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Superman: Birthright Paperback – October 1, 2005
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Copyright © American Library Association. All rights reserved --This text refers to an out of print or unavailable edition of this title.
"...a rich retelling and revamping of Superman's origin."—The Fourth Rail
More About the Author
With over twenty years of experience in his field, Waid maintains a blog at www.markwaid.com that is full of advice for beginning writers and experienced authors both.
Top Customer Reviews
What makes the Man of Tomorrow take his stand? What goes through a young boy's mind that causes him to don tights and a cape and a big red "S" and stand up to fight for truth, justice, and the American way? These are questions that get asked when the real question is, "Why should we care about a man who cannot be hurt?"
These are the questions that Mark Waid and Leinil Francis Yu set out to answer in Superman: Birthright.
This book was the big effort from DC to bring the Man of Steel into the 21st century, and it was the job of the writer, artist, and the rest of the collaborators to accomplish this while keeping true to the spirit of the character created by Jerry Siegel and Joe Schuster. A new view of a familiar origin was needed, a new perspective on characters that had been loved for over six decades, and Superman Birthright accomplishes all that and more.
We first see Superman as Kal El, infant son of Jor El and Lara during Krypton's last dying hours. The familiar elements are there - his parents will send him to earth where his Kryptonian biology will gain incredible powers from the radiation of Earth's yellow sun, but before he goes, he is wrapped in the Flag of Krypton and given a recordings of its history. This is where Waid and Yu really start to dig into the mythology and explore some new motivations. The "S" symbol is not just the El family crest, not just a sign on a blanket sent with the last son of Krypton to his new home - it is a reminder of his heritage, a symbol of his people and what they stood for, and something that Clark Kent will always carry with him.Read more ›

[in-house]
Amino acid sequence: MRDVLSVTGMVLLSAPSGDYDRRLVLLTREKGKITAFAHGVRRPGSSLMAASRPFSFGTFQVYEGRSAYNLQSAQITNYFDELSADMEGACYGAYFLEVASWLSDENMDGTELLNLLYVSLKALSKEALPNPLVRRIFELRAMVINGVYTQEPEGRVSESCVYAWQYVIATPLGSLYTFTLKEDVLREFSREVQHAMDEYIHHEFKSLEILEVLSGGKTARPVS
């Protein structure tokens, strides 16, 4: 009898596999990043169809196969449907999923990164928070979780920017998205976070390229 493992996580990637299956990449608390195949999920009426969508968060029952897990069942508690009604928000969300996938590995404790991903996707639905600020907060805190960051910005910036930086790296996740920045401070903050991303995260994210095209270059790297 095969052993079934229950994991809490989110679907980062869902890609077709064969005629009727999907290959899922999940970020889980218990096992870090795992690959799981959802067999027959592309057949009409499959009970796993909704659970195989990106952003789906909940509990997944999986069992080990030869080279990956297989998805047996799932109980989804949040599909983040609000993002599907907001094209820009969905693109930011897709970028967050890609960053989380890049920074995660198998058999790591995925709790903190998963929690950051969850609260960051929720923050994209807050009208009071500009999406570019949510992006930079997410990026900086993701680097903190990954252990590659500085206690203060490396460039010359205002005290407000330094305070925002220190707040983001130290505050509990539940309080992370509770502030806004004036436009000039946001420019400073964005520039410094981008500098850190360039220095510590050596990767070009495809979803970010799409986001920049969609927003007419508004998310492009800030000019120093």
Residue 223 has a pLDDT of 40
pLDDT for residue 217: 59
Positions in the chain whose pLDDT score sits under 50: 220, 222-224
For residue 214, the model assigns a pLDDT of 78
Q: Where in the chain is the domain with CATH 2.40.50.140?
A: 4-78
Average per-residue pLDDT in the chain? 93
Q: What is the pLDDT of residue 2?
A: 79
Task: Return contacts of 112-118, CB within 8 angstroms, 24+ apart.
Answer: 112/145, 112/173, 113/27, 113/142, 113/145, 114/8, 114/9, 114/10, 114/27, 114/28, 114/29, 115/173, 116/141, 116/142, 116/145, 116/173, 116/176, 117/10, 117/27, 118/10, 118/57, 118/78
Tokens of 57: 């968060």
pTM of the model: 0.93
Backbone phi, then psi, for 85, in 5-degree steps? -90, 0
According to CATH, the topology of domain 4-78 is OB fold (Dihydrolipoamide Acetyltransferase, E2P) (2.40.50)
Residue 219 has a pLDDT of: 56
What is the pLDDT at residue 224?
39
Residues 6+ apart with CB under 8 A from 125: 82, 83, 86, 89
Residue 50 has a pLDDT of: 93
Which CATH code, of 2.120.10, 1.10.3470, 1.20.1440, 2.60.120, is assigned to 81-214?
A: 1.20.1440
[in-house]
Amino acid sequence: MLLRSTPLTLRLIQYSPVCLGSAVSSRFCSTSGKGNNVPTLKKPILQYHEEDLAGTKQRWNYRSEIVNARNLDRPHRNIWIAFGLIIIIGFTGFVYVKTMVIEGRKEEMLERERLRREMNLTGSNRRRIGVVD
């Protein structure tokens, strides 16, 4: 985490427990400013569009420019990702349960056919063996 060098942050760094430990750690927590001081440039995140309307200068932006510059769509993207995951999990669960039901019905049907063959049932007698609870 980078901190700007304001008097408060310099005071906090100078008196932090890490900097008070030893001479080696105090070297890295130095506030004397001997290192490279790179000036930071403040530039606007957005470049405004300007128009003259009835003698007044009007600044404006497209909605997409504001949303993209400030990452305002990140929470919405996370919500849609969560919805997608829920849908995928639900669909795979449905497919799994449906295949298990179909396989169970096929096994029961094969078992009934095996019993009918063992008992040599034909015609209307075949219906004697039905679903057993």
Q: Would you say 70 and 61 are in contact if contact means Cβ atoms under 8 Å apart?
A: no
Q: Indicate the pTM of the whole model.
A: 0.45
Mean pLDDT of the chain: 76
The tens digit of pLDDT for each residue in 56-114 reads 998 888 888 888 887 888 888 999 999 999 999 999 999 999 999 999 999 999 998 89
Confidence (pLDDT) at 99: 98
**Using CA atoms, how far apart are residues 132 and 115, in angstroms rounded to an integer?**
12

Then a teenager from Ghana urged me to try this comic novel reconsideration of Mr. S. I found this to be very operatic and heart-rending. The artist/observer's POVs were fantastic and each panel seemed frameable, making the oldies I remember seem so quaint and camp. Operas get updated in similar ways, and it's risky, but this team pulled it off to one reader's complete satisfaction.
The process of updating/adaptation/re-imagining reminds me of the saying: ''If we want things to stay as they are, things will have to change.'' --Tancredi, the young aristocrat in Giuseppe di Lampedusa's novel, ''The Leopard"
Most Recent Customer Reviews
After more than 60 years, it is time to retell the story of the origin of Superman, and this book is it. Read morePublished 3 months ago by The Reviewer Formerly Known as Kurt Johnson
Amazing. This book should be a movie. I just spent two hours reading this graphic novel. Man, I was so impressed. Read morePublished 7 months ago by John R. Gigliotti
Mark Waid is my favorite comic book writer and it shows in this masterpiece of comics regarding the origin of Superman in the DC mythos. Read morePublished 8 months ago by Emmanuel Akinola
This is the best superman origin I've read. I loved it. Mark Waid can write a good superman story. Also Leinil Francis Yu's art is amazing.Published 10 months ago by Albert Lee
Thanks to Mark Waid writing, this was one of the first Superman stories I have read that truly made me feel more for the character and see his origin story as more fleshed out and... Read morePublished 11 months ago by Ethan Harrison